Dr. José Carlos López Gómez
April 2021 - March 2022
Research Project: Mapping transcultural processes of religious exchange in the Iberian Peninsula from the 3rd to 5th centuries AD
My project aims to explore the analysis of religious change in Hispania during Late Antiquity. To achieve this goal, I pretend to study the literature concerning the religious topography of the whole Iberian Peninsula during the 3rd and 4th centuries with the aim of exploring the historical process of religious change. For that, it will be necessary to collect all the religious inscriptions and archaeological data from sanctuaries, studying the circumstances that explain the abandonment of the epigraphic culture and sacred spaces. Once the material has been collected, steps will be taken to create a series of interactive digital cartographies which aim to map the religious topography of the cities of the Iberian Peninsula during the 3rd and 4th centuries.
On the other hand, my intention is to develop comparative studies provided by material and literary (Christian) sources with the aim of exploring the multiple causes of religious change during Late Antiquity. The main source of analysis would be the martyrial, hagiographic and conciliar sources. This information will be checked against the archaeological data. The aim is to draw up a map in which one could a) locate the cities where information confirms an early abandonment of sanctuaries; b) identify the nuclei where Christian sources document a religious conflict; c) individualise those urban centres where the Early Imperial polytheistic system maintained its vitality during Late Antiquity and establish the durability of such cults, and d) determine whether it was precisely in those nuclei where the religious conflicts documented by Christian sources took place.
Dr. José Carlos López Gómez completed the BA studies in History at the University of Castilla-la Mancha (Spain) between 2010 and 2014. During these years he focused his training in Archaeology and Ancient History, taking part in numerous training courses, and participating in several archaeological campaigns in sites such as Numancia, Segeda, Ieso or Emporion. In 2015 he ended a MA in Research in Humanities, and his thesis was focused on the study of Ancient religion in Roman Carpetania (Hispania citerior). In the same year he obtained a University Teacher Training Grant (FPU) provided by the Spanish Ministry of Education, which made possible to start his doctoral studies at the Carlos III University of Madrid under the tutelage of Prof. Jaime Alvar. On January 17th 2020 he defended his doctoral thesis The Decline of Roman Polytheism in Hispania: religious transformations during the 3rd Century, getting a qualification of Excellent with a distinction cum Laude and International Mention. Months later the thesis was awarded with two prizes: one was given by the prestigious Spanish Pastor Foundation to the best doctoral theses in Classical Studies, the other was the Outstanding Thesis Awards conceded by the Carlos III University. Since September 2020 he works as a supporting researcher in the project Lived Ancient Religion in North Africa (LARNA), conducted by Dr. Valentino Gasparini at the University Carlos III of Madrid, processing the historical and religious information of Roman inscription in North Africa. He is also continuing his research on the analysis of religious changes in Hispania during Late Antiquity as a member of “divine epithets” (EPIDI) project, directed by Jaime Alvar. With his incorporation to RomanIslam Center, he will restart his research on religious changes in Iberian Peninsula during 3rd and 5th centuries through the analysis of sacred spaces.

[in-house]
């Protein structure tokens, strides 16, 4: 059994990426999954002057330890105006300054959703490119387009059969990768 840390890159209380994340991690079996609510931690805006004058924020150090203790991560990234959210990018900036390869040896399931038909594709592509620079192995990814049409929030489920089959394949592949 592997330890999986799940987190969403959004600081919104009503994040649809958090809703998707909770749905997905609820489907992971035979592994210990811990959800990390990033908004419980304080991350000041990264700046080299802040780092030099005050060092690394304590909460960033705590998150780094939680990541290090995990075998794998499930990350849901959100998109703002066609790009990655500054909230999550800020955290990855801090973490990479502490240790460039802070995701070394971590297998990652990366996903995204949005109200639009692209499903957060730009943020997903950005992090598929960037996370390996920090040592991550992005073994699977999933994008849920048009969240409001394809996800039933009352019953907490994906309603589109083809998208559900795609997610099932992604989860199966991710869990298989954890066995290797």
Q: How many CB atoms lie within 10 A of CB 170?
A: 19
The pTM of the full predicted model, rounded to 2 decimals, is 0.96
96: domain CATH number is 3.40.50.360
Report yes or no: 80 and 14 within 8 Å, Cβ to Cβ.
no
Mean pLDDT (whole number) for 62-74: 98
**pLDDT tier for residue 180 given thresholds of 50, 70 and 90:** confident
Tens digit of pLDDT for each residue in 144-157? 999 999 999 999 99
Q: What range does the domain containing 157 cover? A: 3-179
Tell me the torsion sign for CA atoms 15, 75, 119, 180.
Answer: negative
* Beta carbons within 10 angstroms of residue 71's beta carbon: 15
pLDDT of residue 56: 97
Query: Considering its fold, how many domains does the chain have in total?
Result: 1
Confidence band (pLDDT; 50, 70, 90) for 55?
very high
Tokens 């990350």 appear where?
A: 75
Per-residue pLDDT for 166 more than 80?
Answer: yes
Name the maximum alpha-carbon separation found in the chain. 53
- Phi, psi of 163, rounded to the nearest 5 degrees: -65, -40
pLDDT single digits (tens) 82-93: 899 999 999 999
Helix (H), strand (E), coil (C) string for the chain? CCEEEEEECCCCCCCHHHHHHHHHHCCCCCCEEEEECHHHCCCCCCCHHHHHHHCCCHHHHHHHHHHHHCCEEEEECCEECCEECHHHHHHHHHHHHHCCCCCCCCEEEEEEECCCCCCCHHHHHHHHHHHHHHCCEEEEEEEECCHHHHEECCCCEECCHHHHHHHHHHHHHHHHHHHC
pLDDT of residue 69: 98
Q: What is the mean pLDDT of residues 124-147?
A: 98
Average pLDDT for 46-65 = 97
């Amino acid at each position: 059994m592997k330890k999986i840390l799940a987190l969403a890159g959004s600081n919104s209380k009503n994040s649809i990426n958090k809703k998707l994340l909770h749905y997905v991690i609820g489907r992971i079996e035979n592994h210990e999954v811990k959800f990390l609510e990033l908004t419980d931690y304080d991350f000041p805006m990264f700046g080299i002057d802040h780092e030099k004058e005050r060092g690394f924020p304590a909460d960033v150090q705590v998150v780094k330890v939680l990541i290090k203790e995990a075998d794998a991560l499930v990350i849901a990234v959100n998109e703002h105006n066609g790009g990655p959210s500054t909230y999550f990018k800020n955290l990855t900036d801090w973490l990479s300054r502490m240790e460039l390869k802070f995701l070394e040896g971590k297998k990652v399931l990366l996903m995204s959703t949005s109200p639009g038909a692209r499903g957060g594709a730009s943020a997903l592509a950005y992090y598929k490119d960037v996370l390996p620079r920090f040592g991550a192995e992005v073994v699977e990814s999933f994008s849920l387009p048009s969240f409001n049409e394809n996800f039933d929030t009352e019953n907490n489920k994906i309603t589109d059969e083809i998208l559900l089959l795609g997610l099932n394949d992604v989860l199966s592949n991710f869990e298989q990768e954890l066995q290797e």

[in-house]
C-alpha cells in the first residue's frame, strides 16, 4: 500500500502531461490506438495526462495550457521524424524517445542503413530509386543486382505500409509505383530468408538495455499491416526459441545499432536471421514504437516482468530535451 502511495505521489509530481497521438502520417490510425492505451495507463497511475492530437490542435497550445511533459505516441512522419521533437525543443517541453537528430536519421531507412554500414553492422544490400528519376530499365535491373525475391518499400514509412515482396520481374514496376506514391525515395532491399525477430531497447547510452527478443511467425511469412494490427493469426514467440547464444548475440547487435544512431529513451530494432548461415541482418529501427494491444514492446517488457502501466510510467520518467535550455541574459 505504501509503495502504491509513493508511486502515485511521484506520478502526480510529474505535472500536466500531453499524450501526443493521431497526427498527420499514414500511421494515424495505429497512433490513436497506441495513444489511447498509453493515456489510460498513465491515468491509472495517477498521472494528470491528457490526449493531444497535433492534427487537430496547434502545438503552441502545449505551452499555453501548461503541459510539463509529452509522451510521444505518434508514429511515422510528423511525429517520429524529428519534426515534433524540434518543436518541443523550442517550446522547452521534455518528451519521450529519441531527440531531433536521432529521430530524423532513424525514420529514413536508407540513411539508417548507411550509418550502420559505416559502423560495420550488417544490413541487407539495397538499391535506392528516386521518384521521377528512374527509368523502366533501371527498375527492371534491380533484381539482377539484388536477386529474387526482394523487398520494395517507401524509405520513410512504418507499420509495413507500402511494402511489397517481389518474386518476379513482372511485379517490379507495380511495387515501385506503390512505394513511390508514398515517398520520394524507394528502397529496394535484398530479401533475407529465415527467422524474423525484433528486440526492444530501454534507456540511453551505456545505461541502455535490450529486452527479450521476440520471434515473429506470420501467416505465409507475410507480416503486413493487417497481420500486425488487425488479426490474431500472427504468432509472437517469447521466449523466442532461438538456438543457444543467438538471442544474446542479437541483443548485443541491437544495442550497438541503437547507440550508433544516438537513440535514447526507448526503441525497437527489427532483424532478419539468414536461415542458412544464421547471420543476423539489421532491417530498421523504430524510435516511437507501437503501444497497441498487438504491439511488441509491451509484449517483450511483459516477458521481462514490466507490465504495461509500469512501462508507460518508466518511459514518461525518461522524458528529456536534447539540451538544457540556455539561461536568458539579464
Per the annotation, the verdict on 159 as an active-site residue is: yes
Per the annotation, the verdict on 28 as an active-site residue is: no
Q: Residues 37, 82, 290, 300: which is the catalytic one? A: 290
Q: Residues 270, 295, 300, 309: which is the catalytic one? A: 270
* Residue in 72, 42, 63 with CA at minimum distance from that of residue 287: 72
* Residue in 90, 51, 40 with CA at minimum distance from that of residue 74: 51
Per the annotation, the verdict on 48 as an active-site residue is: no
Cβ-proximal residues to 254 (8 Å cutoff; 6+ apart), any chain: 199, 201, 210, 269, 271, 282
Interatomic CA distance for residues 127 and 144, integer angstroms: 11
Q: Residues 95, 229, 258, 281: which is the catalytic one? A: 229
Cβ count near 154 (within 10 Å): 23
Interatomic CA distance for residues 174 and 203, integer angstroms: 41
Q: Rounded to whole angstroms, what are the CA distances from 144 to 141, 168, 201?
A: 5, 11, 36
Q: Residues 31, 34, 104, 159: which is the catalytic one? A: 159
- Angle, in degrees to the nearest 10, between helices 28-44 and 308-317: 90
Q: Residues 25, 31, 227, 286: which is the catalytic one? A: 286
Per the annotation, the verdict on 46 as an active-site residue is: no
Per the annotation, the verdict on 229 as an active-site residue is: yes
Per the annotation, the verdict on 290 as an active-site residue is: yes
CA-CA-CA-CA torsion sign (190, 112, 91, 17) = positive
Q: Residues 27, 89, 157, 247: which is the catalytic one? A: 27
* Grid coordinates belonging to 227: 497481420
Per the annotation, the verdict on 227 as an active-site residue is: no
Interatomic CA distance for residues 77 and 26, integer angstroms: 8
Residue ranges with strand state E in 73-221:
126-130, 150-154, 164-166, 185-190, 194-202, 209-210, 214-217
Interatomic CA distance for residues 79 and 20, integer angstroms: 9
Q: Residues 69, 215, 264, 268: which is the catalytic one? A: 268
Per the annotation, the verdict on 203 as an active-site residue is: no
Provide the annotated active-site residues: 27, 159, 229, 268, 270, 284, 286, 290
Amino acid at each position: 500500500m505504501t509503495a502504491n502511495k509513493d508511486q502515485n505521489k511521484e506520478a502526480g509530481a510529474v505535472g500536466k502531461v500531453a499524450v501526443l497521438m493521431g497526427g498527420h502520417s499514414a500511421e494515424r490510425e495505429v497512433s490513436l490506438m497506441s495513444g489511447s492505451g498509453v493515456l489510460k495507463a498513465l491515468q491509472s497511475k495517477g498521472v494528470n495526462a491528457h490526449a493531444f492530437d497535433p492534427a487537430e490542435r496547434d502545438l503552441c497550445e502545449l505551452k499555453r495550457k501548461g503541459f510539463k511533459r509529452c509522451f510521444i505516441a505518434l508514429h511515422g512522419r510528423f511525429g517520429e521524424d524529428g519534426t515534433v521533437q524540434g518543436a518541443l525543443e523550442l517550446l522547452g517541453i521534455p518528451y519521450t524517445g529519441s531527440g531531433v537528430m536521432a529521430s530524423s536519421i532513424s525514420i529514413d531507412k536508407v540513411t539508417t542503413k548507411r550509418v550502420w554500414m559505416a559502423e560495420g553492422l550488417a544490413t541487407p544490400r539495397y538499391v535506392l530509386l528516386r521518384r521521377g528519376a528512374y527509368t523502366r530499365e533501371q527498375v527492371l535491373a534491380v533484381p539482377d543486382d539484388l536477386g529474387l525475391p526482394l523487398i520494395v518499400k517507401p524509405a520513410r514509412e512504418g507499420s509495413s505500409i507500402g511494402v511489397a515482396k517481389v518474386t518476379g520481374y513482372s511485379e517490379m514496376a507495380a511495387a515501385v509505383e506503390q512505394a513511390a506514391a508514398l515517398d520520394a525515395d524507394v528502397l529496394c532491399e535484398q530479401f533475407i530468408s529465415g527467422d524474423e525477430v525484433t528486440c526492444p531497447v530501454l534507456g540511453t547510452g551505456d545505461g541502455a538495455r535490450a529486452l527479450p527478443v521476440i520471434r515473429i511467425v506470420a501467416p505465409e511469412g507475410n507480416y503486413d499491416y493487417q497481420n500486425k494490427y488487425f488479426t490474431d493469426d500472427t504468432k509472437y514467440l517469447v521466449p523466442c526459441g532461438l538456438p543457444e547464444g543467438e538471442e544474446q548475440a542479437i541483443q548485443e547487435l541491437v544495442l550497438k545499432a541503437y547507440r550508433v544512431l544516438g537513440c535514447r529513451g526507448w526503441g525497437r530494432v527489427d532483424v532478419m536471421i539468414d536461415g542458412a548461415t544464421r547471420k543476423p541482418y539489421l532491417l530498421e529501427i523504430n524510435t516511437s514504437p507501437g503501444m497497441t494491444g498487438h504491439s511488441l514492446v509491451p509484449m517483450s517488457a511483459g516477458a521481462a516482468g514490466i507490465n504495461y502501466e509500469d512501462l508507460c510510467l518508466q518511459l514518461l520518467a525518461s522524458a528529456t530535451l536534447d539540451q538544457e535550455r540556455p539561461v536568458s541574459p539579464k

López-Gómez, José Carlos (2020), “El paisaje religioso de Pax Iulia (Beja) durante el Alto Imperio romano”, Dialogues d’Histoire Ancienne 46/2, 253-275.
Alvar Ezquerra, Jaime / López Gómez, José Carlos / Pañeda Murcia, Beatriz (2019), “La vulva de Atis”, ARYS 17, 191-226.
López-Gómez, José Carlos (2018), “Manifestaciones religiosas de los cultores de los dii selecti en Carpetania romana”, Revista de Historiografía 28, 241-257.